Inside Amy Schumer: “Raise a Glass”

(Episode 2.09)

Comedy Reviews Inside Amy Schumer
Inside Amy Schumer: “Raise a Glass”

Considering the many powerhouse sketches already behind us, it says something that “Raise a Glass” gave me the hardest LOL of any episode so far this year. After last week’s focus on low-key laughs based on everyday moments like picking a movie to watch, here we get higher-stakes sketches that take a darker, more surreal turn and result in some of the sharpest writing of the season.

If hell is other people, it makes sense you’d have to deal with one of those people on your way into eternal damnation. Sharing an elevator with Colin Quinn, Amy grows increasingly frustrated with his small-talk banter and hackneyed jokes about needing his coffee before realizing she’s not just going down—she’s going ALL the way down. It’s a somewhat standard observation that annoying people are annoying, but the payoff provides just the right beat needed for a cold open.

After that, we only get three sketches, but each is tightly written enough to justify the prominence they’re given. First is a takeoff of Food Network’s Chopped, but framed as a cooking competition between two drunk roommates called Sauced. Stumbling home after a night out, the two need to come up with dishes based on the contents of their kitchen: a half-eaten yogurt, four baby carrots, a shriveled lime and a bottle of Lexipro. The fact is, that’s probably a better basket than most contestants get on Chopped, and the script does a perfect job capturing the pretentious comments from the judges as they make serious observations about absolutely ludicrous food. Layering in some gags around the drunk-girlfriends dynamic and Amy’s bitterness over her ex elevates the premise beyond a simple pop-culture parody, allowing the sketch to work whether you’ve seen Chopped or not (though I’m pretty sure that show is legally mandated at this point). ??There are also deeper levels at play in “Bachelorette Party Disaster,” which at first seems to be about officials at a press conference having to keep a straight face as they describe the sex toy-littered scene of a crash between a bachelorette party bus and a bachelorette booze cruise. But as the sketch progresses, it subtly becomes about the obnoxious behavior of party girls, whose personalities are so intolerable that all witnesses and workers involved actually welcomed the fatal tragedy. To say the families of the survivors are “devastated” is dark stuff, but the realization that the sketch was going there—particularly Schumer’s description of these girls being “the worst”—caught me in a genuine, let’s-watch-that-again guffaw. And who better to deliver this deadpan news than Todd Barry, who nails his cameo as coroner Barnabas Mollins, the best-named coroner ever.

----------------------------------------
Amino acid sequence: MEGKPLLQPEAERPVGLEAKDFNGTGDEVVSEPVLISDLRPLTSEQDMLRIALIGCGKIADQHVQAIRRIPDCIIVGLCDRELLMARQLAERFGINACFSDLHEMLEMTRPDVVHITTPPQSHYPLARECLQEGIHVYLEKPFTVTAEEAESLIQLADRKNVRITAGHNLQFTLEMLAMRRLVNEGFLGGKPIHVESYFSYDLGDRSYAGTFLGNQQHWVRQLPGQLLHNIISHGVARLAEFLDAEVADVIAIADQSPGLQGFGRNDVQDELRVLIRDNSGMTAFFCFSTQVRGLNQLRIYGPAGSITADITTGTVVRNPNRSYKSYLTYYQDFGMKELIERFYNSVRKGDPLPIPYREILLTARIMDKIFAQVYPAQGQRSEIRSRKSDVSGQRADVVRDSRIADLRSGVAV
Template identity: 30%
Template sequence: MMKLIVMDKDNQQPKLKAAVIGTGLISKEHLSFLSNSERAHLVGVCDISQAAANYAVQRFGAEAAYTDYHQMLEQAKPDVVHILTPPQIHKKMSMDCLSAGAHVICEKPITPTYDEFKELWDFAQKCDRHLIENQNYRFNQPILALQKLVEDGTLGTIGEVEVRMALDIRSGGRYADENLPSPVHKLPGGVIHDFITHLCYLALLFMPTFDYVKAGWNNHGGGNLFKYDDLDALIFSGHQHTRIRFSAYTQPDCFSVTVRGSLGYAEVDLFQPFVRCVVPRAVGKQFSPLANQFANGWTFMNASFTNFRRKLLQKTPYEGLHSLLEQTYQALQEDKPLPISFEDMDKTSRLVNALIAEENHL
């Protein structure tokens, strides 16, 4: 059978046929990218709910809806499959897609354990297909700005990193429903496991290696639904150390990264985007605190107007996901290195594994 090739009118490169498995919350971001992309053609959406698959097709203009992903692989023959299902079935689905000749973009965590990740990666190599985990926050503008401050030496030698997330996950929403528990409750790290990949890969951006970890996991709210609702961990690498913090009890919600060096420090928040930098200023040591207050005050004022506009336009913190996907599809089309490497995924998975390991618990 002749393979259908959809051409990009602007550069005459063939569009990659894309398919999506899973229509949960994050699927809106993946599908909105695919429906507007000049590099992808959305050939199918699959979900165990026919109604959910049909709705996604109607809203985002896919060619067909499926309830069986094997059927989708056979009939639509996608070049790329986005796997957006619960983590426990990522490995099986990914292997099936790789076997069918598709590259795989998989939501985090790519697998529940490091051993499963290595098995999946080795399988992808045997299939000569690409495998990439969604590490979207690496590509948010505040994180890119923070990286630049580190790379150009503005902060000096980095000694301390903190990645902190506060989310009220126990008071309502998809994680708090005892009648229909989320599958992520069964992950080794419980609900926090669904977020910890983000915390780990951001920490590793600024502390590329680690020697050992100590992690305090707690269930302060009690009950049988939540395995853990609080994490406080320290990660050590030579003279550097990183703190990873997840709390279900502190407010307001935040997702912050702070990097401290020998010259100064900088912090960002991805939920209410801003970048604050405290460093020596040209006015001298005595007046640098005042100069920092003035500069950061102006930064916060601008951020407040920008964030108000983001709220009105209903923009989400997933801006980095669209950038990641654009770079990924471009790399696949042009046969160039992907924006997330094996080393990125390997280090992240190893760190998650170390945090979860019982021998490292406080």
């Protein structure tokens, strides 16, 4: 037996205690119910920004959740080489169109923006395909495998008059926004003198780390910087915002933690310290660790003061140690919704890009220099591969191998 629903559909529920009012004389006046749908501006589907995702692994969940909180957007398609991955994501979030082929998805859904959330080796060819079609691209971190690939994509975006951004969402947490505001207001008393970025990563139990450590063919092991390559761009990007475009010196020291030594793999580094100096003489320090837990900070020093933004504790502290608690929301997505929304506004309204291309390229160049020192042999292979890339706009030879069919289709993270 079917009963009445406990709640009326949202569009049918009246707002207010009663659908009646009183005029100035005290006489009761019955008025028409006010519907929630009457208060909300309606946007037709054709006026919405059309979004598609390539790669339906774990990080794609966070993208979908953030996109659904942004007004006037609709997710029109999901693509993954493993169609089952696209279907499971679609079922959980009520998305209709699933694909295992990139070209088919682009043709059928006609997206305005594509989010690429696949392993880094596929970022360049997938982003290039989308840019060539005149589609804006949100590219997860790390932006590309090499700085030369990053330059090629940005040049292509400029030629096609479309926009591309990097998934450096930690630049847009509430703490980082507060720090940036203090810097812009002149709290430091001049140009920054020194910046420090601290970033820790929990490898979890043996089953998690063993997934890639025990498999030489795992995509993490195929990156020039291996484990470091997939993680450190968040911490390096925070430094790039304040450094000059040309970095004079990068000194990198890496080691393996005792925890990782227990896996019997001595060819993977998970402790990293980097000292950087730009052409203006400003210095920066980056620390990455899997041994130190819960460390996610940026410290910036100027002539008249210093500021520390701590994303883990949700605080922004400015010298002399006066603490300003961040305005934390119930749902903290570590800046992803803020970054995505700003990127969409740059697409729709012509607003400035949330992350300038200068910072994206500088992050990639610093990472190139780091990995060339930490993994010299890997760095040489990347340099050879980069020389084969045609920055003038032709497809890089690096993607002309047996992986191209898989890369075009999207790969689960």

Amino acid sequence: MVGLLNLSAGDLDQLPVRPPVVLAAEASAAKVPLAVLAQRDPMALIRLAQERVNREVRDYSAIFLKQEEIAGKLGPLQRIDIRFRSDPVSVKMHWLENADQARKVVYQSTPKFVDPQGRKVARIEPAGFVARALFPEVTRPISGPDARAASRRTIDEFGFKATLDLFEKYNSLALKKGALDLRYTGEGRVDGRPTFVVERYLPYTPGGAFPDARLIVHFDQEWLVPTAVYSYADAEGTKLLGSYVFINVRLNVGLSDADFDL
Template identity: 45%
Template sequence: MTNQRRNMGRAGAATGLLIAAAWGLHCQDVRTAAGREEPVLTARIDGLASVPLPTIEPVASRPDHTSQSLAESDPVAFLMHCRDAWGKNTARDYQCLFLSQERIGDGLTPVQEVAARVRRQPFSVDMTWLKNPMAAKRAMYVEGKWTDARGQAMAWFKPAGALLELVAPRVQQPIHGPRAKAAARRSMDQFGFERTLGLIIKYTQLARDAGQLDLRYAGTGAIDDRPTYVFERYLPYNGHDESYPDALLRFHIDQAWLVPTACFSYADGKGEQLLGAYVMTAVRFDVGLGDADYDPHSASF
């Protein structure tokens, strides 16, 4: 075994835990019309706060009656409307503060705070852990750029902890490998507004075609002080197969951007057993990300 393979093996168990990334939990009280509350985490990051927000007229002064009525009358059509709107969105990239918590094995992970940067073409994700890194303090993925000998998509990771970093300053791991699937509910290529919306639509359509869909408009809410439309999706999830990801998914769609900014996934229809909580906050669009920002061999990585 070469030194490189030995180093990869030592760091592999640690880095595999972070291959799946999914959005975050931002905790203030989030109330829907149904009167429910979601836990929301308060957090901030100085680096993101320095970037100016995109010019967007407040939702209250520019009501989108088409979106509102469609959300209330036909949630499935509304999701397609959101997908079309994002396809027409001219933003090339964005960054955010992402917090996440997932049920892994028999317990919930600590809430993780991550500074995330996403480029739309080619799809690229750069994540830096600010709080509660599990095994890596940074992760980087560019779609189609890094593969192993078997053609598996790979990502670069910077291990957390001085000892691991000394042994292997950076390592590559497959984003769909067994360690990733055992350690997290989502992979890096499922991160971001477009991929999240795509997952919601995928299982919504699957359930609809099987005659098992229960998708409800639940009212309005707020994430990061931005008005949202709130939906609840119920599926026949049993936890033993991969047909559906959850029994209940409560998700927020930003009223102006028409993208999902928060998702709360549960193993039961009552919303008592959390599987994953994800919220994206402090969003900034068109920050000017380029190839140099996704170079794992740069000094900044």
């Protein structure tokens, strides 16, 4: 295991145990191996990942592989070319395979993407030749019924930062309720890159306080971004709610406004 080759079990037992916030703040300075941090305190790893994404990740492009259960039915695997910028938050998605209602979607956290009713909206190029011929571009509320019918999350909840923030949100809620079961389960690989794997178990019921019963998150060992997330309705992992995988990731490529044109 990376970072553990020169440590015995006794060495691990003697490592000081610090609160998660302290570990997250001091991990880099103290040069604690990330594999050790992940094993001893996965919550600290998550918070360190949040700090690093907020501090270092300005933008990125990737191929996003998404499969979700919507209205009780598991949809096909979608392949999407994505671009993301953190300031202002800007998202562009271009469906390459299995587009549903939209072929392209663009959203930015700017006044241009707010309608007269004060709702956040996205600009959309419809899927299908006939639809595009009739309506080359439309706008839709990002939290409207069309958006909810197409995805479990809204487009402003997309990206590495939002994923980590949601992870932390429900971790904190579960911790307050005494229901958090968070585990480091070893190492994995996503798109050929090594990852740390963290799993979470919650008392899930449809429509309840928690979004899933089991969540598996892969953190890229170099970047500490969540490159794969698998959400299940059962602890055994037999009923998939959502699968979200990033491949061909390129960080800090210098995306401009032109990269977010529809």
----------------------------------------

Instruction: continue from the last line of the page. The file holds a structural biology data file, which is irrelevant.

Finally, we start another sketch at a wedding, with a drunk Amy stepping up to make a toast. Vowing to do something “more special than what we’ve been seeing so far tonight,” she proudly delivers her speech in rhyme, mentioning how many guys the bride has slept with and how Amy herself used to date the groom. Feels like another Drunk Amy Embarrasses Herself gag, but then the stakes start going up. We go from the wedding to a funeral, where Amy’s rhyming eulogy (complete with champagne glass) makes it clear she murdered the bride. Next she makes another attempt to wax poetic on the witness stand in a futile defense effort that sends her the electric chair, where she tries one last time to “raise a glass.” This feels like an improv scene gone right, as each step heightens the action while still maintaining a strong and funny narrative. The story gets an added boost from Amy’s unexplained sycophant in the crowd, cheering on each disastrous moment in a way that somehow simultaneously heightens the absurdity and grounds the character dynamic. This Amy feels entitled to admiration, even if it’s only from her one weirdo best friend in the crowd.

The real Amy Schumer should feel entitled to admiration, because she continues to kill it on a weekly basis. Her “Amy Goes Deep” with fellow comic Robert Kelly (seen lately as Louis C.K.’s brother on Louie) borders on being more about Schumer trying to make jokes than letting Kelly talk, but her stand-up segments also prove Schumer is very good at making jokes. She’s going into next week’s finale backed by a season of remarkably consistent sketch comedy, pulling off the rare feat of producing an Episode 9 that’s every bit as sharp and funny as Episode 1. And that’s definitely worth raising a glass.

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